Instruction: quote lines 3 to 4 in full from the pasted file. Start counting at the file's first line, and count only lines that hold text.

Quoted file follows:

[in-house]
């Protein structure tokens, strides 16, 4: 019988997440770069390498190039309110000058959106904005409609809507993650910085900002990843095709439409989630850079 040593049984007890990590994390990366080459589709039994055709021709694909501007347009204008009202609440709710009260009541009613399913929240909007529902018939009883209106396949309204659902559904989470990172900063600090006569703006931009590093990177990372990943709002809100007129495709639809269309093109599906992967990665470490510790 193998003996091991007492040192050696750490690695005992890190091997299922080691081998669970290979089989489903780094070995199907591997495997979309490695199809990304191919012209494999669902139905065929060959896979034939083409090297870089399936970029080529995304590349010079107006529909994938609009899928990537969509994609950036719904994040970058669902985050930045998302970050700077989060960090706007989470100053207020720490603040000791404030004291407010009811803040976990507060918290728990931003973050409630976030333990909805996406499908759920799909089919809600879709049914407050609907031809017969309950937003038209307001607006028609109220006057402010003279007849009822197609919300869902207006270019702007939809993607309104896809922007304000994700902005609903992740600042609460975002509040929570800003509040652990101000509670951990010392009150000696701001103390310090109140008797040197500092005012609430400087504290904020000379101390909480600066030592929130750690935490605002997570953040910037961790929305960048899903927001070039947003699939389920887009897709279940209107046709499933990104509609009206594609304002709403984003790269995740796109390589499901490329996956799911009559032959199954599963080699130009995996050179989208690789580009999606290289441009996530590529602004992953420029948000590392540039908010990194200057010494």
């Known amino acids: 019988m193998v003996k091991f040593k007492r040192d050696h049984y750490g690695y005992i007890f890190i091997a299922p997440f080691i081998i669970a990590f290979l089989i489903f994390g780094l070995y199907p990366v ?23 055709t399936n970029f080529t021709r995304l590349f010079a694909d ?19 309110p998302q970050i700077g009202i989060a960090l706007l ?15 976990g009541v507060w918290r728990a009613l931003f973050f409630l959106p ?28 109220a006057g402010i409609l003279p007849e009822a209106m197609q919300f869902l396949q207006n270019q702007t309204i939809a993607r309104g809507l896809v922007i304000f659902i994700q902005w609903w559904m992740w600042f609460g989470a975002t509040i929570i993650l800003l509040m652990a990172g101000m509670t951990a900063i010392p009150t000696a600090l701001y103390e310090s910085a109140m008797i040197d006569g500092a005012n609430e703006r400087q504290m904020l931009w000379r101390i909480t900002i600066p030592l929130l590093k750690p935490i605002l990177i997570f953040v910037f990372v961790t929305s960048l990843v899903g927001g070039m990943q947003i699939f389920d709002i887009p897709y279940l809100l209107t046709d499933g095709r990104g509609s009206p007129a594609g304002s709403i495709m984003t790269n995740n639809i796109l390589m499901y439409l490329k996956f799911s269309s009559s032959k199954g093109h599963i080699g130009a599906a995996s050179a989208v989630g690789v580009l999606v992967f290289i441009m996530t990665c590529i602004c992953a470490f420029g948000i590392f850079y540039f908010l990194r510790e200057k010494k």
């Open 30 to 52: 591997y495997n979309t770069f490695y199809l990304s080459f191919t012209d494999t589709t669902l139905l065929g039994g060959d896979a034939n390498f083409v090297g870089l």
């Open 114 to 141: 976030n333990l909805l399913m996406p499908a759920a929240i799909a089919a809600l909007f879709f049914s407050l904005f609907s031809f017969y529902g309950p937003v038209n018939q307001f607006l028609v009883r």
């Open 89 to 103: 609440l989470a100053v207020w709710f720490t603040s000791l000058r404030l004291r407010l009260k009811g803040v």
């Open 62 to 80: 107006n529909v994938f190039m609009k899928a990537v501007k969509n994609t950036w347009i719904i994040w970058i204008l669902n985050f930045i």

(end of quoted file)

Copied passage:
């Known amino acids: 019988m193998v003996k091991f040593k007492r040192d050696h049984y750490g690695y005992i007890f890190i091997a299922p997440f080691i081998i669970a990590f290979l089989i489903f994390g780094l070995y199907p990366v ?23 055709t399936n970029f080529t021709r995304l590349f010079a694909d ?19 309110p998302q970050i700077g009202i989060a960090l706007l ?15 976990g009541v507060w918290r728990a009613l931003f973050f409630l959106p ?28 109220a006057g402010i409609l003279p007849e009822a209106m197609q919300f869902l396949q207006n270019q702007t309204i939809a993607r309104g809507l896809v922007i304000f659902i994700q902005w609903w559904m992740w600042f609460g989470a975002t509040i929570i993650l800003l509040m652990a990172g101000m509670t951990a900063i010392p009150t000696a600090l701001y103390e310090s910085a109140m008797i040197d006569g500092a005012n609430e703006r400087q504290m904020l931009w000379r101390i909480t900002i600066p030592l929130l590093k750690p935490i605002l990177i997570f953040v910037f990372v961790t929305s960048l990843v899903g927001g070039m990943q947003i699939f389920d709002i887009p897709y279940l809100l209107t046709d499933g095709r990104g509609s009206p007129a594609g304002s709403i495709m984003t790269n995740n639809i796109l390589m499901y439409l490329k996956f799911s269309s009559s032959k199954g093109h599963i080699g130009a599906a995996s050179a989208v989630g690789v580009l999606v992967f290289i441009m996530t990665c590529i602004c992953a470490f420029g948000i590392f850079y540039f908010l990194r510790e200057k010494k």
């Open 30 to 52: 591997y495997n979309t770069f490695y199809l990304s080459f191919t012209d494999t589709t669902l139905l065929g039994g060959d896979a034939n390498f083409v090297g870089l």